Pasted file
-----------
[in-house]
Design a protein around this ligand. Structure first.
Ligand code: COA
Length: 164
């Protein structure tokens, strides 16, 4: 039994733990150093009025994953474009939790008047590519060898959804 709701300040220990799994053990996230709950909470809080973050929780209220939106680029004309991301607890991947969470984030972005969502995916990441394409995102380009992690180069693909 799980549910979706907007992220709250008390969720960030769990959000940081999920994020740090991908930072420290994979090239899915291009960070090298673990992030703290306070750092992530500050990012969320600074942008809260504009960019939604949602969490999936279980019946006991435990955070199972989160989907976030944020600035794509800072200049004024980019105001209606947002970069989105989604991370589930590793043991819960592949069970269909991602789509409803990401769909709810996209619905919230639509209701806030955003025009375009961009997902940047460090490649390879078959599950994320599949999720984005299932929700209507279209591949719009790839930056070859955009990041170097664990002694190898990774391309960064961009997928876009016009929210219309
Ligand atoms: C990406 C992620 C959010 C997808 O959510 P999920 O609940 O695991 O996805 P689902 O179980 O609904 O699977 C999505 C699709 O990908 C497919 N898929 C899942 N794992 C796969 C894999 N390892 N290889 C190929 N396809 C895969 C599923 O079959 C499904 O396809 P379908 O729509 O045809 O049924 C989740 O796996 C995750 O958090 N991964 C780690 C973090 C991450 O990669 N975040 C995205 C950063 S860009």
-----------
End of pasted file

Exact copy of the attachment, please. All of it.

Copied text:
[in-house]
Design a protein around this ligand. Structure first.
Ligand code: COA
Length: 164
């Protein structure tokens, strides 16, 4: 039994733990150093009025994953474009939790008047590519060898959804 709701300040220990799994053990996230709950909470809080973050929780209220939106680029004309991301607890991947969470984030972005969502995916990441394409995102380009992690180069693909 799980549910979706907007992220709250008390969720960030769990959000940081999920994020740090991908930072420290994979090239899915291009960070090298673990992030703290306070750092992530500050990012969320600074942008809260504009960019939604949602969490999936279980019946006991435990955070199972989160989907976030944020600035794509800072200049004024980019105001209606947002970069989105989604991370589930590793043991819960592949069970269909991602789509409803990401769909709810996209619905919230639509209701806030955003025009375009961009997902940047460090490649390879078959599950994320599949999720984005299932929700209507279209591949719009790839930056070859955009990041170097664990002694190898990774391309960064961009997928876009016009929210219309
Ligand atoms: C990406 C992620 C959010 C997808 O959510 P999920 O609940 O695991 O996805 P689902 O179980 O609904 O699977 C999505 C699709 O990908 C497919 N898929 C899942 N794992 C796969 C894999 N390892 N290889 C190929 N396809 C895969 C599923 O079959 C499904 O396809 P379908 O729509 O045809 O049924 C989740 O796996 C995750 O958090 N991964 C780690 C973090 C991450 O990669 N975040 C995205 C950063 S860009």